Emergency preparedness, even that of an organization, cannot be deemed complete without a discussion of food.
FEMA suggests having enough food and water for each person, ideally enough for up to two weeks. That hardly seems reasonable for an office building or a hospital, but that doesn’t mean the responsibility can be dismissed.
FEMA recommends one gallon of water per person, per day. For a minimum of three days. That is a lot of water! Storing water is hard, as it is heavy. But there are some great tips for organizations of any size to prepare.
Do it gradually. Buy one or two durable containers at a time, don’t sacrifice the quality for the cost.
Invest in some large, durable water storage containers, preferably a military grade one.
Don’t buy containers that hold more than 7 gallons of water, because someone is going to have to move it.
Encourage employees to have their own water supply, in a durable container, at their desk or primary place of work.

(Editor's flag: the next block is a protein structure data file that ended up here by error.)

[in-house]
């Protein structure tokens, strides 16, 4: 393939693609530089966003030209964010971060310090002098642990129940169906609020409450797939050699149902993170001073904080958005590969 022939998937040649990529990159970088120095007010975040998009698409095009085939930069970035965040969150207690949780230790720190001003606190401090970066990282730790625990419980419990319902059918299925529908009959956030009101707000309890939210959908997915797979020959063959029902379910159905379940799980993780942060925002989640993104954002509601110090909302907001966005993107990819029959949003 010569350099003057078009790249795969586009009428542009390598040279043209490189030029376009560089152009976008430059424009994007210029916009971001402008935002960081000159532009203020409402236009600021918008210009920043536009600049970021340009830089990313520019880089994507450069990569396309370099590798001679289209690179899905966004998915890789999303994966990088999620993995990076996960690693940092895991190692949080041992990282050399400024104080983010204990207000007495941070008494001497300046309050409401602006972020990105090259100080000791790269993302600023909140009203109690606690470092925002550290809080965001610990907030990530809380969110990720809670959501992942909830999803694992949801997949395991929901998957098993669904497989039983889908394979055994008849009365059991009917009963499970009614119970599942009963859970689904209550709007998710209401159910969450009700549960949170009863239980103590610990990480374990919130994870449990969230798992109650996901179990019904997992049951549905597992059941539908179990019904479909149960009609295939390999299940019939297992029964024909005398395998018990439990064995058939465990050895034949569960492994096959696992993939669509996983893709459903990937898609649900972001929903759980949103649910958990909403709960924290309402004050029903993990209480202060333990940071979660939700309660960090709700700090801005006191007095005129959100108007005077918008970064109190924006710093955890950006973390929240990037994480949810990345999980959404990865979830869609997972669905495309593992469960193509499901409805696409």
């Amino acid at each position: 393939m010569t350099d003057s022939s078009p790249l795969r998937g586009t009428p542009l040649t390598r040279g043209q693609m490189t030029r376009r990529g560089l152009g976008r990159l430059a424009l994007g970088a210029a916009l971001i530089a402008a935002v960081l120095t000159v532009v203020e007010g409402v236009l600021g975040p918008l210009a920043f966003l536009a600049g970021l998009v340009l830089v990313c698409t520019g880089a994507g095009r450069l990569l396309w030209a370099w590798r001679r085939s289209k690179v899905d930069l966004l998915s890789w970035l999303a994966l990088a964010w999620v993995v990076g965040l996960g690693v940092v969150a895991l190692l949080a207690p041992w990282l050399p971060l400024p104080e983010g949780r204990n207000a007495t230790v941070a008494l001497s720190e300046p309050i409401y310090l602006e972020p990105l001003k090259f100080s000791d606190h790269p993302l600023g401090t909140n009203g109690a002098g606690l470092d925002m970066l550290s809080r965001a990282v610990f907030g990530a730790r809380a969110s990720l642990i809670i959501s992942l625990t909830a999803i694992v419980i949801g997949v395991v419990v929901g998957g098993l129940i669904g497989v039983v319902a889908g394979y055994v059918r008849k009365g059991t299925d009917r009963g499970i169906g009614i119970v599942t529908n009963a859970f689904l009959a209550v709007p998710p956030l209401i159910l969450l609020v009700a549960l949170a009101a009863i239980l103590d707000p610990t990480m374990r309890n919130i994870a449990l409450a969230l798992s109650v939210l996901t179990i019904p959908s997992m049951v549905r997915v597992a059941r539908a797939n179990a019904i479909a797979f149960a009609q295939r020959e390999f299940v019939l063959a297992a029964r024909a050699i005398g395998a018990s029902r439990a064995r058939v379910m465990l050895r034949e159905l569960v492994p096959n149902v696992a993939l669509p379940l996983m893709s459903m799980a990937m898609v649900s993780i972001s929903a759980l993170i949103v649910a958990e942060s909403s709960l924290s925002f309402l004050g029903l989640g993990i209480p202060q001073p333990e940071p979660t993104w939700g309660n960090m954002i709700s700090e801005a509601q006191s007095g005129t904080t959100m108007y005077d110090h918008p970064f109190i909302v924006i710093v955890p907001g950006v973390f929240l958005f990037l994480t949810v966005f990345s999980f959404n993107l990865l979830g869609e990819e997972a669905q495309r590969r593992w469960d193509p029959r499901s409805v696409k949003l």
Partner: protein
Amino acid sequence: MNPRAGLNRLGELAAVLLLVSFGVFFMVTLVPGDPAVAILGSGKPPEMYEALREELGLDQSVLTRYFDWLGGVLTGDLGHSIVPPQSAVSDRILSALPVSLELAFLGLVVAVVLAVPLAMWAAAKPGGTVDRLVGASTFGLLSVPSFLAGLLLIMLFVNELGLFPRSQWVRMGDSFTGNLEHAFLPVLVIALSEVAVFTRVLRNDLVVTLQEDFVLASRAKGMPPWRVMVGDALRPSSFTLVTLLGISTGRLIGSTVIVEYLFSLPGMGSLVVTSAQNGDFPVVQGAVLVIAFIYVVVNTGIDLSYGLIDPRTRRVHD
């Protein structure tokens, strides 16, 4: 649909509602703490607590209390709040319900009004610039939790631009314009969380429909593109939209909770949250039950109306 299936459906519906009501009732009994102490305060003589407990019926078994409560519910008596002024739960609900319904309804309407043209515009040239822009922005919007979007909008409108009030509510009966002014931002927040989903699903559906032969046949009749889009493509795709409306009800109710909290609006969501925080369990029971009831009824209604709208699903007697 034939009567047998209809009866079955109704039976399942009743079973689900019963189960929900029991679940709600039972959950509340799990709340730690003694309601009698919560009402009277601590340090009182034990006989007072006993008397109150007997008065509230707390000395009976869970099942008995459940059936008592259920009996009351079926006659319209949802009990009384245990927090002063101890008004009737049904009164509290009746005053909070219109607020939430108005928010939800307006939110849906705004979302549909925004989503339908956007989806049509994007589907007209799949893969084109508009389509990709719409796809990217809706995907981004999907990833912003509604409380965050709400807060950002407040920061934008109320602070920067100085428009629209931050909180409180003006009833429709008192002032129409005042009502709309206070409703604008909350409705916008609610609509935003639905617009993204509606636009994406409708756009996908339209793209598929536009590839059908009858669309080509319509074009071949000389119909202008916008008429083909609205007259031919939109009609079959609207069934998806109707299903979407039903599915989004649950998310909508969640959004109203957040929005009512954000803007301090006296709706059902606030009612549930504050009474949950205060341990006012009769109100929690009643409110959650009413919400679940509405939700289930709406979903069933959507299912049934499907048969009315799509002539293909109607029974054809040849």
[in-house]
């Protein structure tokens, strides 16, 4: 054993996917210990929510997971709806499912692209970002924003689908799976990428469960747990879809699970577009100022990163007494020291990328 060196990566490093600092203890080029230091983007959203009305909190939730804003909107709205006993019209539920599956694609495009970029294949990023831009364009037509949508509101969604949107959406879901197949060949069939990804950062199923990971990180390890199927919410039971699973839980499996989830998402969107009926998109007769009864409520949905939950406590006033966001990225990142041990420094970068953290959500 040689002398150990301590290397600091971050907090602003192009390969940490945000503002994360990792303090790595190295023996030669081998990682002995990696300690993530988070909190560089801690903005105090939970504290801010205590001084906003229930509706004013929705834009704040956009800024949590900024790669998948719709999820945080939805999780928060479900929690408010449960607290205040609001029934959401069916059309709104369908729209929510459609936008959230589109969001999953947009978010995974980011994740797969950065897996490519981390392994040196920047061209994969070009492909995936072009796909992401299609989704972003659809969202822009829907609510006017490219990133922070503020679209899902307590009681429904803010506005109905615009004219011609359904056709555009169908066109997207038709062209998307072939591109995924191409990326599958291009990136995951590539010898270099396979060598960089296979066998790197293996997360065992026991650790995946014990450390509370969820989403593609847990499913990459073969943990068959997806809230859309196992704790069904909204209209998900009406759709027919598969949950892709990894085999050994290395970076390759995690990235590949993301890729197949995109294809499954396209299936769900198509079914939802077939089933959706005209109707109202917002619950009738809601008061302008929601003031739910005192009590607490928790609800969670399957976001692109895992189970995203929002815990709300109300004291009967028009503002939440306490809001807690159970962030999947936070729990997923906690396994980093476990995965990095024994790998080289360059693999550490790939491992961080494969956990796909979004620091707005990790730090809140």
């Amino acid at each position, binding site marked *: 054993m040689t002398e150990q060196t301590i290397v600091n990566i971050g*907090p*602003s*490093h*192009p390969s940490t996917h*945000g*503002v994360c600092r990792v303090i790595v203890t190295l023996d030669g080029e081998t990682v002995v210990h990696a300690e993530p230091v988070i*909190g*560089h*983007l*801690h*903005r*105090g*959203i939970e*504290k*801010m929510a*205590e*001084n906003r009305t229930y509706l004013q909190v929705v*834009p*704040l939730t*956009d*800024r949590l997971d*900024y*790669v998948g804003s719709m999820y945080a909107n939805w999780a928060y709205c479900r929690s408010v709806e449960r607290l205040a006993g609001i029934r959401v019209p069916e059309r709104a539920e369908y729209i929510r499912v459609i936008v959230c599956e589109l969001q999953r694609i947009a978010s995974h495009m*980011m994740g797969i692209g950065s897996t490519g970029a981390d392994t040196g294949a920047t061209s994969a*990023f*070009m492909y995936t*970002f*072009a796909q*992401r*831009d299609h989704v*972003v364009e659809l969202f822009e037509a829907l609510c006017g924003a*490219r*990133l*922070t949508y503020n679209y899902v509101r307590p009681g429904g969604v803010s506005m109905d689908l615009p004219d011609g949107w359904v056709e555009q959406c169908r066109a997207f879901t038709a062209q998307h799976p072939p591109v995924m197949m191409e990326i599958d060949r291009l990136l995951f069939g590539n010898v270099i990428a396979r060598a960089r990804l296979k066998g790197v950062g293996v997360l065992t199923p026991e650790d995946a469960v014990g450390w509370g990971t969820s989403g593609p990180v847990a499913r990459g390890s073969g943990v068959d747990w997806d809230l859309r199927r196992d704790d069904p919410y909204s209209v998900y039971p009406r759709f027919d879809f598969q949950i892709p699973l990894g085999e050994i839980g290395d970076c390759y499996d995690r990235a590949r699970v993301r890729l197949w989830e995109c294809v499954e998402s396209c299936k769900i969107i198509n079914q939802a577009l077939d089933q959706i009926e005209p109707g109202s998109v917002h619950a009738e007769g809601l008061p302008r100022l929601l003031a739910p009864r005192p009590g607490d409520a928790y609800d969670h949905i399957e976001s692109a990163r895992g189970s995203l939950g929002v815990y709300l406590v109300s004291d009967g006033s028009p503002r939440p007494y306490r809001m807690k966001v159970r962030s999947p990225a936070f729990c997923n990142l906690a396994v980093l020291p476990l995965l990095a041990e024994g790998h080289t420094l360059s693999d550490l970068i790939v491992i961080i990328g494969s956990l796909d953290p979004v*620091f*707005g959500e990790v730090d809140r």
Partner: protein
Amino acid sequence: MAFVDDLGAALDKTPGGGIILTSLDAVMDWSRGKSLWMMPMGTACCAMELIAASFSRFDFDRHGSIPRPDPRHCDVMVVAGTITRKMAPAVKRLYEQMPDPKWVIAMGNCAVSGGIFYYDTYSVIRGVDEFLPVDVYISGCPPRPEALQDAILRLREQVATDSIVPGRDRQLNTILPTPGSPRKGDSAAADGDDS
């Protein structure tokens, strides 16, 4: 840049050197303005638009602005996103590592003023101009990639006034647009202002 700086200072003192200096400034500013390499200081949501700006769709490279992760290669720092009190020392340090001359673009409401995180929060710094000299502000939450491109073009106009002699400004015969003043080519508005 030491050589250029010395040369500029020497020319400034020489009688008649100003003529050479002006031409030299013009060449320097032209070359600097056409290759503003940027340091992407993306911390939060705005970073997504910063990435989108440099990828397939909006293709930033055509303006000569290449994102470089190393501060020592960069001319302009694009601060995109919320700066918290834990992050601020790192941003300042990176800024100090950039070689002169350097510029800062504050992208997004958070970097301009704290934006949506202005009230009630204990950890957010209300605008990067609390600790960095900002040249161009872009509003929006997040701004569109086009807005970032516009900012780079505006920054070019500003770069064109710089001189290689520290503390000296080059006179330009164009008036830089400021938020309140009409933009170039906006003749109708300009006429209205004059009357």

The age old discussion of quality and quantity is going to rear its ugly head when discussing emergency food supplies. For one thing, we know that fresh food is not going to be an option, especially when buying in bulk. Keeping in mind the number of people you may need to feed in an emergency will dictate how much you can spend on each meal.
One option is purchasing food from a company like Emergency Essentials. The Prepared did a comparison on these types of emergency food systems, and this was their favorite. The three-bucket option includes enough meals to feed two people for 15-18 days, at a range of 2,200 to 2,700 calories per person, per day. Now, this would really add up if you were planning to have enough to feed 20 people for two weeks, but it’s an option.
Hopefully, this conversation has prompted some questions and some conversation within your organization. You may decide that your company will provide these things for employees, and you may also remind employees that they may want to keep some supplies in their offices as well.
The only time it is too late to talk about emergency response, is after the event begins. Talk today with your organization about steps to take to be better prepared.